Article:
Pubdate: Sun, 10 Jul 2011
Source: Guardian, The (UK)
Copyright: 2011 Guardian News and Media Limited
Author: Tania Branigan


At first the tablets made life easier for Santhisuk: they helped him
endure the long hours lugging heavy fabric bales in a Bangkok textiles

Gradually he noticed he was angrier and more aggressive on the days he
skipped them. But it was only when arrested for a third time - and
sent to rehabilitation at a Buddhist temple - that he admitted his
addiction to methamphetamine. Now clean, the 19-year-old labourer is
worrying about what will happen when he leaves the sanctuary of Wat
Saphan and returns home.

"It will be difficult because all my friends still take it. Drug use
is so widespread now that everybody thinks it's normal," he said.

Monks at the temple in Klong Toey, one of Bangkok's poorest areas, say
they have seen a huge increase in addiction rates. The problem has
spread far beyond the Thai capital.

The number of methamphetamine users in Thailand will reach 1.1 million
this year, the head of the country's anti-drug police told the
Guardian - equivalent to one in every 60 citizens. The number of users
has soared by 100,000 annually over the last five to six years, said
Lieutenant-General Atitep Panjamanond.

Yingluck Shinawatra, the prime minister in waiting, has already
pledged "a new war on drugs" to eliminate them within 12 months,
alarming human rights groups who fear a repeat of her brother's 2003

More than 2,500 people died in three months after Thaksin Shinawatra
ordered police to draw up blacklists of suspected dealers and act
"decisively and without mercy". Though the police blamed gang crime
for most of the deaths - they said 68 were shot by officers "in self-
defence" - human rights groups say there is compelling evidence of
extra-judicial killings. A committee later reported that more than
half the dead, including a nine-year-old boy, had not been involved in
the drugs trade.

But the campaign was hugely popular and as drug use rises, many want a
return to tough action.

"Personally, I think the killings were a good thing. If you leave it
to the courts [dealers] just cycle in and out of prison," said Aminna
Bedinlae, 84, who lost her son to drugs and now runs anti-abuse
programmes in Klong Toey, where 46 residents were shot.

Substance abuse had always been rife in the Bangkok slum, but in the
past glue-sniffing was more common, said the 84-year-old. "Now they
start off sniffing glue at six or seven and move on ...
[Methamphetamine] is more expensive so they get involved with crime -
theft or burglary- and it makes them more aggressive.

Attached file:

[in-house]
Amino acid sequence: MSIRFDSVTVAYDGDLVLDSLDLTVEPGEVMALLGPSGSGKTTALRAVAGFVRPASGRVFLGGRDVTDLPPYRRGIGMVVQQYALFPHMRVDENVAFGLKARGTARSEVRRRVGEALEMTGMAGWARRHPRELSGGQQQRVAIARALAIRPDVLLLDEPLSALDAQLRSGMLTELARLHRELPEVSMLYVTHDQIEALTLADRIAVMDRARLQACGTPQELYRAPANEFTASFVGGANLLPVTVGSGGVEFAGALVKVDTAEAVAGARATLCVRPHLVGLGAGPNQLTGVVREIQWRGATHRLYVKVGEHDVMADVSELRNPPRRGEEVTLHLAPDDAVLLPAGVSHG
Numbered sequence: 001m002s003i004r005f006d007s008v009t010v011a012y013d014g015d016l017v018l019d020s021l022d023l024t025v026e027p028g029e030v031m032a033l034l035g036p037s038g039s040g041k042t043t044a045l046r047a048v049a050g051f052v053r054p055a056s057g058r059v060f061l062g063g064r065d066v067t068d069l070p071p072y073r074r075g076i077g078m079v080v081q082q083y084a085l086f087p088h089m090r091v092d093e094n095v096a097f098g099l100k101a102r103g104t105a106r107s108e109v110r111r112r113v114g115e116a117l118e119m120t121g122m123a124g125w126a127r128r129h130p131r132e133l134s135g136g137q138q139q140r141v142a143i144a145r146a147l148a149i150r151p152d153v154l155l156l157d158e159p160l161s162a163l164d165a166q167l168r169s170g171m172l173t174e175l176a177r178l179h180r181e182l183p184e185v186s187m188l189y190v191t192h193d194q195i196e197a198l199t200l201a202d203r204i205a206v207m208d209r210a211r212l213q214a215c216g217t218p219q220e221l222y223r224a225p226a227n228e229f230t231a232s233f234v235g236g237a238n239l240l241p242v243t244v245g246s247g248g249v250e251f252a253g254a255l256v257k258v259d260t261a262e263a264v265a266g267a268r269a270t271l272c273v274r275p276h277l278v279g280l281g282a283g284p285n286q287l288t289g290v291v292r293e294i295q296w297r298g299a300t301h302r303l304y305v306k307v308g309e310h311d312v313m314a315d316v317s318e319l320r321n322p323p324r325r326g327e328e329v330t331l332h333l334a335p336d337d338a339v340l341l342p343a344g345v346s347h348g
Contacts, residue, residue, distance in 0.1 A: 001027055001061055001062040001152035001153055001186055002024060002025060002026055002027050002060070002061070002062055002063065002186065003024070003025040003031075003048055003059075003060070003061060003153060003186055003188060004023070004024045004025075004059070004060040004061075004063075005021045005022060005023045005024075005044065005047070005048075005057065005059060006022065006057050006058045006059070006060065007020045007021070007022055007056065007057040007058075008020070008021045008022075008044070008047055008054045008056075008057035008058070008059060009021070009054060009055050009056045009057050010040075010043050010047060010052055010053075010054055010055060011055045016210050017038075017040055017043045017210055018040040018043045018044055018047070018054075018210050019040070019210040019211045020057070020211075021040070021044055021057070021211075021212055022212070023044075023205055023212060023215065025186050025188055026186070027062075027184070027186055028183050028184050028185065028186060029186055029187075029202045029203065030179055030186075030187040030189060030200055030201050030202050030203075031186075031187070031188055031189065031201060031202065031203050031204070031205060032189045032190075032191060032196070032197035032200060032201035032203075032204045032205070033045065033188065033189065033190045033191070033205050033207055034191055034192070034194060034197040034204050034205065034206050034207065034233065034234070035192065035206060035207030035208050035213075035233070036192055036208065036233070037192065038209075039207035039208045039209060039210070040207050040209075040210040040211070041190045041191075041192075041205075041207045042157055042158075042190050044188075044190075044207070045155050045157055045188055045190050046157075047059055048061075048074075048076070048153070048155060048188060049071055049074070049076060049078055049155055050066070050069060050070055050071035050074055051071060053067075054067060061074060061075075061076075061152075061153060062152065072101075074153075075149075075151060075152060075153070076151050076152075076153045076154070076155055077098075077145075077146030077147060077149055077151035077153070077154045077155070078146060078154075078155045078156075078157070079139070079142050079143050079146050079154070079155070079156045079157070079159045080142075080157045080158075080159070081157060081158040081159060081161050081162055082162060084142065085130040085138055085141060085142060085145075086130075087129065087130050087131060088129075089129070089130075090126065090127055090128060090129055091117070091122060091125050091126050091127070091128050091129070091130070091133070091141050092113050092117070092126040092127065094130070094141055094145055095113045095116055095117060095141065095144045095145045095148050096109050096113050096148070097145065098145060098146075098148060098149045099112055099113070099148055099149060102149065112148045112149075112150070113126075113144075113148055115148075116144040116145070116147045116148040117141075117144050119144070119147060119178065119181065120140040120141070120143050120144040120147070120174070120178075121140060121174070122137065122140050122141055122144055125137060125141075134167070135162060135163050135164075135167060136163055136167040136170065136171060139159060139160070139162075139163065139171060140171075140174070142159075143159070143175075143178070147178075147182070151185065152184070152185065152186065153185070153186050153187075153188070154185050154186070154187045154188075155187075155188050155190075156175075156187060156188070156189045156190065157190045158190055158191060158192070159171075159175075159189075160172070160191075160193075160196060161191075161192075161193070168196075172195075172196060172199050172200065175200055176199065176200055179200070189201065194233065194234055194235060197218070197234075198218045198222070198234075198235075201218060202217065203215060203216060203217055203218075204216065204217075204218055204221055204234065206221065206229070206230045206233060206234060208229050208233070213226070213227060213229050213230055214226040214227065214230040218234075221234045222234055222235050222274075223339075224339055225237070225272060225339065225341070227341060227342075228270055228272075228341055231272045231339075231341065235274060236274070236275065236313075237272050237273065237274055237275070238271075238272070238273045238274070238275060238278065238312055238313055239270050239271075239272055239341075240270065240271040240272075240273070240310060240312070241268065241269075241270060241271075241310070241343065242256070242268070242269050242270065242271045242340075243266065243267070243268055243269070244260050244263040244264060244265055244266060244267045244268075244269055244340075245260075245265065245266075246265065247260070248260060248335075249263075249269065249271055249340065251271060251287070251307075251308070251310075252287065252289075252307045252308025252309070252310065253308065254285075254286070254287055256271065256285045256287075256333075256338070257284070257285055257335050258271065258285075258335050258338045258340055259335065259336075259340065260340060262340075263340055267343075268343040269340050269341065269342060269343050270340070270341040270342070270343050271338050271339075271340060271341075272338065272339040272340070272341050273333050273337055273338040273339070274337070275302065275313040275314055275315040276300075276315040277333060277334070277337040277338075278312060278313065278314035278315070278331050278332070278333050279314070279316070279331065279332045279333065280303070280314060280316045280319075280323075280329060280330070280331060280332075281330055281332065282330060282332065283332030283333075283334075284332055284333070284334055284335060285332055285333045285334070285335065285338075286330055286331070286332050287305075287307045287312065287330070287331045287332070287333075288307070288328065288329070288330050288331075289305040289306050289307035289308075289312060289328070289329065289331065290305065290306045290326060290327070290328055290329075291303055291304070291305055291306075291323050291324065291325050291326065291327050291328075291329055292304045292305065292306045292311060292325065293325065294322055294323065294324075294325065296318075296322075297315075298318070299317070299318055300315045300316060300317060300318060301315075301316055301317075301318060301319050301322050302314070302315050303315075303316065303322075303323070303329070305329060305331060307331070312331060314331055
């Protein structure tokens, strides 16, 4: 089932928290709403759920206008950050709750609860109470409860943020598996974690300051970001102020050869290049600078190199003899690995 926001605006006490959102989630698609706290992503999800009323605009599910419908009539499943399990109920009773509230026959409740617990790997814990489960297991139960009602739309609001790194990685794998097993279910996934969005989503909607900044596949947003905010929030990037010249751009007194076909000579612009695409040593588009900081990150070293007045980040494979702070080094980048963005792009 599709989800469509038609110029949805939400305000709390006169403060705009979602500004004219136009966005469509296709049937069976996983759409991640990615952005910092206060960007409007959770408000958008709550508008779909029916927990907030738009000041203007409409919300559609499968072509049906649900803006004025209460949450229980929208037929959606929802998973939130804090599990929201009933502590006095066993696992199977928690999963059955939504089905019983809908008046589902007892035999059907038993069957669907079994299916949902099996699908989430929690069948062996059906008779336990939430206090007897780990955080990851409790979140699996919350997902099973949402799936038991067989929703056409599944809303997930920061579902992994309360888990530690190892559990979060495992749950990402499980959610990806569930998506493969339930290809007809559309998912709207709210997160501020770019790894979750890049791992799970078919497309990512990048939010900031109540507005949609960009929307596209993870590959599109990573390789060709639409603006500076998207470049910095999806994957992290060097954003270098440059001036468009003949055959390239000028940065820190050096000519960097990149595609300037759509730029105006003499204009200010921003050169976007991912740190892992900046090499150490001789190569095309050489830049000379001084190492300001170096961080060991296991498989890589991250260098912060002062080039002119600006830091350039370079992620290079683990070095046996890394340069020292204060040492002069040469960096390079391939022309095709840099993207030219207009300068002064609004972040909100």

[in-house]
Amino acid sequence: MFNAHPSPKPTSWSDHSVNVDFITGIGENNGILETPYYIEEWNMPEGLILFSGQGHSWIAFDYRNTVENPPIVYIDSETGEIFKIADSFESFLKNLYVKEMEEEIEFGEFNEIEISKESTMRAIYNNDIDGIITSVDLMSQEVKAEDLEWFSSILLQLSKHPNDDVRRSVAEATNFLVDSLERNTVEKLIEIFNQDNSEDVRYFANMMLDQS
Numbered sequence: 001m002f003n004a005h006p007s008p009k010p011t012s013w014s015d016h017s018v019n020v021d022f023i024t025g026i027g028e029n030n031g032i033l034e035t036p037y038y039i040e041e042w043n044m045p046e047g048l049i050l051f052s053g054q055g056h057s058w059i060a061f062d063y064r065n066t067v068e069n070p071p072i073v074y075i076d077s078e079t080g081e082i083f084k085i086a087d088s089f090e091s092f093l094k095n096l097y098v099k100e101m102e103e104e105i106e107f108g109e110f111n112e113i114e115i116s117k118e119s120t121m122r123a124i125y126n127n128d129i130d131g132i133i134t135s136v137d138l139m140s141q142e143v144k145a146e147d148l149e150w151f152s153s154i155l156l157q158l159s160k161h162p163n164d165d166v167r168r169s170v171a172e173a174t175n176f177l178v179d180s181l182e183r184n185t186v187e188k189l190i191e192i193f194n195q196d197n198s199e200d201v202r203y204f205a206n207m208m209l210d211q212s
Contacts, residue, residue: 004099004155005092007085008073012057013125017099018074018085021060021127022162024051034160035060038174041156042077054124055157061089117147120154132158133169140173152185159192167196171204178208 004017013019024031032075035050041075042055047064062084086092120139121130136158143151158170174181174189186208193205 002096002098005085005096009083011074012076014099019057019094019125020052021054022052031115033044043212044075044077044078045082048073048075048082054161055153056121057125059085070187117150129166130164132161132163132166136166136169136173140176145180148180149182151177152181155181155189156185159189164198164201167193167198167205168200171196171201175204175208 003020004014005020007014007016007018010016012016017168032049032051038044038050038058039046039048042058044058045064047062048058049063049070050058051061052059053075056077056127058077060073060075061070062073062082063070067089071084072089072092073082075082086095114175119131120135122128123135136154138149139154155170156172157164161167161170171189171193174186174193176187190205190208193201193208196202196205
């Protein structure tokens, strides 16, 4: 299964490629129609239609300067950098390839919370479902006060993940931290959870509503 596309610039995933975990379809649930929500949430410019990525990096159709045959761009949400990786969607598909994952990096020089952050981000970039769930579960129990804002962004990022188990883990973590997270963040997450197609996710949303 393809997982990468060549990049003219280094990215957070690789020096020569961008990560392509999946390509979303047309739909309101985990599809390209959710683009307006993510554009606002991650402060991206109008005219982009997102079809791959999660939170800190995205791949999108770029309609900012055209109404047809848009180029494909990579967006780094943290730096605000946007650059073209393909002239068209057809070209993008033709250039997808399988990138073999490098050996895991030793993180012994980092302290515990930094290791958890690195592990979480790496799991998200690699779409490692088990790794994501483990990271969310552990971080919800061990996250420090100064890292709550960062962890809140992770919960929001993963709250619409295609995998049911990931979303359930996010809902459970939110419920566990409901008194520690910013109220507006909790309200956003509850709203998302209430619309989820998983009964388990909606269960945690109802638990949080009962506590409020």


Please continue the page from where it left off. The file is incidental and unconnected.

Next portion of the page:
"My neighbour's son steals from the family and demands 300 baht [for
drugs] every day. If she hasn't got it, he hits her." Drivers and
labourers have long relied on methamphetamine tablets - known here as
yaba or "crazy drug" - to sustain them through gruelling work

But Atitep said recreational use was extremely common and that
children as young as 13 are taking it, with five- and six-year-olds
being used as mules. Last month the public health minister said 6,700
children aged 7 to 17 were rehabilitated in the first half of this

Experts warn regular use can lead to addiction and psychiatric
problems, and say the drug is associated with violent and aggressive
behaviour. Atitep said about 70% of methamphetamine comes across the
Burmese border and blamed ethnic militias for churning out more drugs
to fund their fight against the regime. The price of a tablet has
fallen to as little as 150 baht (=A33) in places; half the 2004 price.
His department seized 33m tablets in 2009, and 60m last year.

"That doesn't give me pleasure, because there is a lot more supply,"
the police chief said. "Today we seize 1m tablets. Tomorrow they
produce 2m."

One of his teams had just seized 30,000 tablets in Nakhon Pathom
province. But officers who traced the gang bosses behind the deal
discovered they were already jailed and had continued to trade via
smuggled mobile phones.

Atitep said changes in values and society were contributing to
increasing drug use. Others say the economic fall out from 2008's
global downturn, and the distraction of authorities by political
turmoil, have exacerbated problems. Some allege that corrupt officers
are facilitating the trade.

At Wat Saphan, monks fear another crackdown would only push problems

"When Thaksin came along it was brutal. There was shooting - bam, bam,
bam - and were the results worth it?" asked one monk, Phra Kru Manit.
"Do you know who the kingpins are? Do you know which officials are
involved? Deal with that, then deal with the problem on the streets."
The real solution lay in rehabilitation programmes and better
educational and economic opportunities for residents, he argued.

Yingluck told AFP before the election that she would "handle the drugs
policy with care [for] human rights".

Montira Kantapin, a spokeswoman for Yingluck's Puea Thai party, said a
working group was considering options.

"No one is disputing the government's desire to take on the drugs
industry. It is the means we are concerned about," said Benjamin
Zawacki, Amnesty International's south-east Asia researcher.

Sunai Phasuk of fellow charity Human Rights Watch said Yingluck's
pledge to eradicate drugs was the group's biggest concern.

The outgoing government had identified suspects in a similar way but
"with the Democrats' approach they are sent to a bootcamp facility
[without proper medical help to quit]; with Thaksin's approach they
might end up dead," he said.

He said that many of those killed in the 2003 crackdown had been
"victims of personal revenge or sloppy categorisation". One couple was
shot dead after acquiring suspicious wealth; it later emerged that
they had won the lottery.
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